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Residents press Sumter commission to pass a no-build resolution on expanding the Florida's Turnpike

Rick Stagg speaks at a press conference before a Sumter County Commission meeting in The Villages Tuesday. Photo: Joe Byrnes, WMFE News
Joe Byrnes
/
WMFE News
Rick Stagg speaks at a press conference before a Sumter County Commission meeting in The Villages Tuesday.

Residents say the Florida Department of Transportation should widen Interstate 75 instead of creating a new toll road from Wildwood to U.S. 19 with all its impacts on the environment and rural communities.

The Sumter County Commission heard from dozens of people Tuesday evening all urging it to pass a resolution opposing the northern extension of Florida’s Turnpike.

Residents say the Florida Department of Transportation should widen Interstate 75 instead of creating a new toll road from Wildwood to U.S. 19 with all its impacts on the environment and rural communities.

The historic Black community of Royal in Sumter County is in the proposed path. Rick Stagg, a resident of the rural community of Tillsman Hammock, said the extension would also devastate his neighborhood.

“What we want from the commissioners is to go on record and send a letter to DOT standing on the platform no build for the extension,” he said. Stagg and other opponents of the turnpike extension held a press conference outside the Everglades Recreation Center in The Villages before the meeting.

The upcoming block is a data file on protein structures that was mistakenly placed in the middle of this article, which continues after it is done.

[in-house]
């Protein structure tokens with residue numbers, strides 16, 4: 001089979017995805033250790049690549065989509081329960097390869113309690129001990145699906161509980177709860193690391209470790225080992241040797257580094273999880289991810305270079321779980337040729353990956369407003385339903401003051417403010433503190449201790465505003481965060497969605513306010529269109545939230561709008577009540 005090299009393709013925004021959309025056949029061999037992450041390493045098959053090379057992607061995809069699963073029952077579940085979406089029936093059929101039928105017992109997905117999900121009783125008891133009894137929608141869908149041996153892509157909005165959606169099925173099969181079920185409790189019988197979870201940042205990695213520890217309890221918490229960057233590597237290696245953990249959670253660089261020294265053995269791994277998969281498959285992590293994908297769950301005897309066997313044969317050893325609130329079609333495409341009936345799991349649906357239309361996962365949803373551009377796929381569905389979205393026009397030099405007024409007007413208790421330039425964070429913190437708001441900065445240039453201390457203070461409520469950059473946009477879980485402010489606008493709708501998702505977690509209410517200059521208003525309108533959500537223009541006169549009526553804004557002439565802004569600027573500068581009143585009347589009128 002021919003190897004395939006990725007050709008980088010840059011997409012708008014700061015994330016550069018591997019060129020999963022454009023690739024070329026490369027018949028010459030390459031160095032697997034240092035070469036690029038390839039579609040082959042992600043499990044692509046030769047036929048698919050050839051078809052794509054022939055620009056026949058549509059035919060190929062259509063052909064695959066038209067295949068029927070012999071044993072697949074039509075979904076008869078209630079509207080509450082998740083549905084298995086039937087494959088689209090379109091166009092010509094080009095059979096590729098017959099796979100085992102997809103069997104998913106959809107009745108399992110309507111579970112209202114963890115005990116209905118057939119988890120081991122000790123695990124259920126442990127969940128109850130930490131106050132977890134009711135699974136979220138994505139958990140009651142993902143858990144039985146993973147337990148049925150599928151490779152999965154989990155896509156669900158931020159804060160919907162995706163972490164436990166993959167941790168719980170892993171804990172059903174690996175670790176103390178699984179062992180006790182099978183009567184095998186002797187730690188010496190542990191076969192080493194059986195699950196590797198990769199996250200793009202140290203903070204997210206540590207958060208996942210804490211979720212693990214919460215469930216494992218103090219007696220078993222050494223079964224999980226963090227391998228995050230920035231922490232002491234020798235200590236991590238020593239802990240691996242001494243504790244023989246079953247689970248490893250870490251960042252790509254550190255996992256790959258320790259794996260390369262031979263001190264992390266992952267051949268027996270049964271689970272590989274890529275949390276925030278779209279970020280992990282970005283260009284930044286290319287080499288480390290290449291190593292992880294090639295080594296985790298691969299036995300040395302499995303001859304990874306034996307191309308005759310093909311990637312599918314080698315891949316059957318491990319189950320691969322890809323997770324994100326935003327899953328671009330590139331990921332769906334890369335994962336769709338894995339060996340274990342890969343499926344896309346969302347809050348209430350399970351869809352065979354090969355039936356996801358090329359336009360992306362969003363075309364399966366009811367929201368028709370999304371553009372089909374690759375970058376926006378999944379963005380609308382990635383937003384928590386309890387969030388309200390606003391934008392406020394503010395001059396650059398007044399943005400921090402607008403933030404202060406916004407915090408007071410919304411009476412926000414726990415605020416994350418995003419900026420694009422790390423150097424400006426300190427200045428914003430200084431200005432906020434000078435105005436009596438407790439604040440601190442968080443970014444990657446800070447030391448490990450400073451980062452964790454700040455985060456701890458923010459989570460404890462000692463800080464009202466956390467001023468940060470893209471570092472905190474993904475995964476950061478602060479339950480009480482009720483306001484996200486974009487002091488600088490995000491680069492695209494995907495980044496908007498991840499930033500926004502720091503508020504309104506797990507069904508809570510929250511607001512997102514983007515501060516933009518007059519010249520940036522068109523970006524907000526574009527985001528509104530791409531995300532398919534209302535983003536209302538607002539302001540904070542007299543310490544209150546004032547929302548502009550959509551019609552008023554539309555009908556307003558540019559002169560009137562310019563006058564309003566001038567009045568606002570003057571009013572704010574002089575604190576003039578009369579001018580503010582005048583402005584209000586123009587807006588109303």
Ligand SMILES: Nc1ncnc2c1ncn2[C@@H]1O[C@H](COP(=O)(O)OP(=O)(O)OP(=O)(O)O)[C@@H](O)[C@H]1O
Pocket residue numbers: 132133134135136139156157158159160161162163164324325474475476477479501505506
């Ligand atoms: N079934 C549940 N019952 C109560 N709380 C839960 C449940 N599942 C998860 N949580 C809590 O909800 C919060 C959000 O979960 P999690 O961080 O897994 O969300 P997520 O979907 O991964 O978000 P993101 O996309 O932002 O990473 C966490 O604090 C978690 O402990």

Levy and Citrus County commissioners have passed no-build resolutions. Sumter commissioners took no action Tuesday.

County Administrator Bradley Arnold said county staff has made it clear to FDOT that Sumter County opposes the new toll road. The county — along with the city of Wildwood — has recommeded an alternate route designed to have a less drastic impact on Royal.

Two commissioners — Doug Gilpin and Roberta Ulrich — said during the meeting that they support using the I-75 right of way.

Sierra Club representative Michael McGrath said opponents of the toll road will bring their resolution to the Marion County Commission in August.

“Local governments have been lining up, saying that we don’t want this coming through our communities, we don’t want this for our residents,” he said following the press conference. “It’s going to ruin the quality of life that makes this part of Florida so special. It’s really about protecting rural Florida.”

FDOT is expected to make a report on the status of planning for the turnpike extension by the end of this year.

 

Copyright 2022 WMFE. To see more, visit WMFE.

Joe Byrnes